This study employed a within-subjects design, with repeated measures, whereby the dependent variables (peak Fz, peak power, and RFD) were determined while the athletes performed all exercise variations (power clean, hang power clean, and midthigh power clean), at each load (60, 70, and 80% 1RM power clean) while standing on a force platform. These loads were selected because prior research has demonstrated that peak power output is achieved in the midthigh clean pull, hang power clean, and power clean at loads of 60, 70, and 80% of 1RM power cleans, respectively (2–4,7,16–18).
Sixteen healthy, but inexperienced (6–12 months performing variations of power cleans regularly) female collegiate athletes (age 19 ± 2.3 years; height 166.5 ± 3.22 cm; body mass 62.25 ± 4.52 kg; 1RM power clean 51.5 ± 2.65 kg) participated in this study. The investigation was approved by the Institutional Ethics Review Board, and all the subjects provided written informed consent before participation. The study conformed to the principles of the World Medical Association's Declaration of Helsinki. The participants had previously conducted technique sessions, supervised by a certified strength and conditioning coach to allow familiarization with the protocols and ensure appropriate and consistent technique. All the testing was conducted during the competitive season, at the end of a power mesocycle.
Before testing, all the subjects performed a standardized dynamic warm up, including each variation of the power clean (4 repetitions, 3 sets) using a standardized load (30 kg) (Werksan Olympic bar and weights, Moorestown, NJ, USA). The participants were then randomly assigned to perform 1 cluster set of 3 repetitions (30-second rest between repetitions to minimize fatigue) of each exercise in a randomized balanced order. The subjects started with either the power clean (bar starting midway up the shin [Figure 1] and caught in a shallow squat), hang power clean (bar starting in line with the top of the patella [Figure 2] and caught in a shallow squat), and midthigh power clean (bar starting in line with the middle of the thigh [Figure 3] and caught in a shallow squat), in line with previous research (3,4). Countermovement was not permitted during the execution of any lift. Three repetitions of each lift were performed at 60, 70, and 80% of each individual's previously determined 1RM power clean (3 repetitions, of 3 variations of the power clean at 3 loads).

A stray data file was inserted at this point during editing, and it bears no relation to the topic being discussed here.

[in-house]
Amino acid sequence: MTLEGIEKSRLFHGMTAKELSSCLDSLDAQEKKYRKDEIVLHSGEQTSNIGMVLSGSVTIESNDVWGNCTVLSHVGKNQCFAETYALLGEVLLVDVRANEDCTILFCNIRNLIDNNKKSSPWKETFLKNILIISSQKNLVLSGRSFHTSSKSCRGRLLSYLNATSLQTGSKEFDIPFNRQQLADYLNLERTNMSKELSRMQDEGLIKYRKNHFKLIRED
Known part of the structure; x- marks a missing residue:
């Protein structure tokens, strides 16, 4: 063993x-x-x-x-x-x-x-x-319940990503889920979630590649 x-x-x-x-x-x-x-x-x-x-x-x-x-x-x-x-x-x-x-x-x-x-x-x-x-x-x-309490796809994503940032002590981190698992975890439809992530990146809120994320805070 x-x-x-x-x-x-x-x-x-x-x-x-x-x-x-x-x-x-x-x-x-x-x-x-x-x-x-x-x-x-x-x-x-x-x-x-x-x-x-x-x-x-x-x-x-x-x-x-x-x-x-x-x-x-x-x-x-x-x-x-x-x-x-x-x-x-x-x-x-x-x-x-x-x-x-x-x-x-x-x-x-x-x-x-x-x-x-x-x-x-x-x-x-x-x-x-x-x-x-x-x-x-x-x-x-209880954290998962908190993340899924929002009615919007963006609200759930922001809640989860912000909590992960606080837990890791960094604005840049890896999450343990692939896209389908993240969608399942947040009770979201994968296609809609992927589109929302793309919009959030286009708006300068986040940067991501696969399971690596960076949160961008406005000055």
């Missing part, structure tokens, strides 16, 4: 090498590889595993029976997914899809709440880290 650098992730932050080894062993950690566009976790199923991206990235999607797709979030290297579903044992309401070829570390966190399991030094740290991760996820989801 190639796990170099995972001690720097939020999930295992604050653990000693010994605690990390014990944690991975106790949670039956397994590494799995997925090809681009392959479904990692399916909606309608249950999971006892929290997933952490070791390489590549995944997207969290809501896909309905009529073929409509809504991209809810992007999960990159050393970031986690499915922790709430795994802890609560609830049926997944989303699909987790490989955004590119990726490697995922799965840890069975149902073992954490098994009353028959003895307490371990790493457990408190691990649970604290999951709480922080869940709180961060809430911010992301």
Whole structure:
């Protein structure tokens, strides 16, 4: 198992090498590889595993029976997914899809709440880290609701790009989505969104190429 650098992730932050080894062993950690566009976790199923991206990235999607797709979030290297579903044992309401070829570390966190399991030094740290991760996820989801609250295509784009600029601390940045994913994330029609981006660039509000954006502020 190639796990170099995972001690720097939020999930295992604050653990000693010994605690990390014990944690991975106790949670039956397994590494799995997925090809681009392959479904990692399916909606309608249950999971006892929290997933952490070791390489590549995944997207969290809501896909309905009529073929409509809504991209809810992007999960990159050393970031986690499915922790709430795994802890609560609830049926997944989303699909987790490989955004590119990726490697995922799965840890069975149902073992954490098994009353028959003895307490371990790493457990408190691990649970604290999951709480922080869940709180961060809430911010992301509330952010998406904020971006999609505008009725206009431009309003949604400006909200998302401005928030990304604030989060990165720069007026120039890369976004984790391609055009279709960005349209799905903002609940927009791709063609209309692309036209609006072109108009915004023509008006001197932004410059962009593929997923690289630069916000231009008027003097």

The 1RM power cleans were assessed on 2 separate occasions, 3–5 days apart, to determine reliability following a standardized protocol (1). The heaviest load lifted across the 2 testing sessions was used to calculate the testing loads.
All the lifts were performed with the subjects standing on a force plate (Kistler, Amherst, NY, USA, Model 9286AA, SN 1209740), sampling at 1,000 Hz, interfaced with a laptop. Data were later analyzed using Bioware (Version 3.22; Kistler) to determine peak Fz. Instantaneous RFD was determined by dividing the difference in consecutive Fz readings by the time interval (0.001 seconds) between readings (3,4). Data were smoothed using a moving average window of 400 milliseconds, in line with previous research (3,4). Velocity of the center of gravity (COG) of the system (barbell + body) was calculated from GRF time data based on the relationship between impulse and momentum in which impulse is equal to the changes in momentum (forward dynamics approach). Power applied to the system was calculated as the product of velocity of the COG of the system and GRF at each time point (6,13,15). To calculate power in this way, it was important that the initial Fz represented system load (athlete's body mass plus load lifted); consequently, the bar was held slightly above ground level before the onset of the full power clean (Figure 1) (3,4,13,15). The best performance for each variation of the clean under each loading condition was used for further analysis.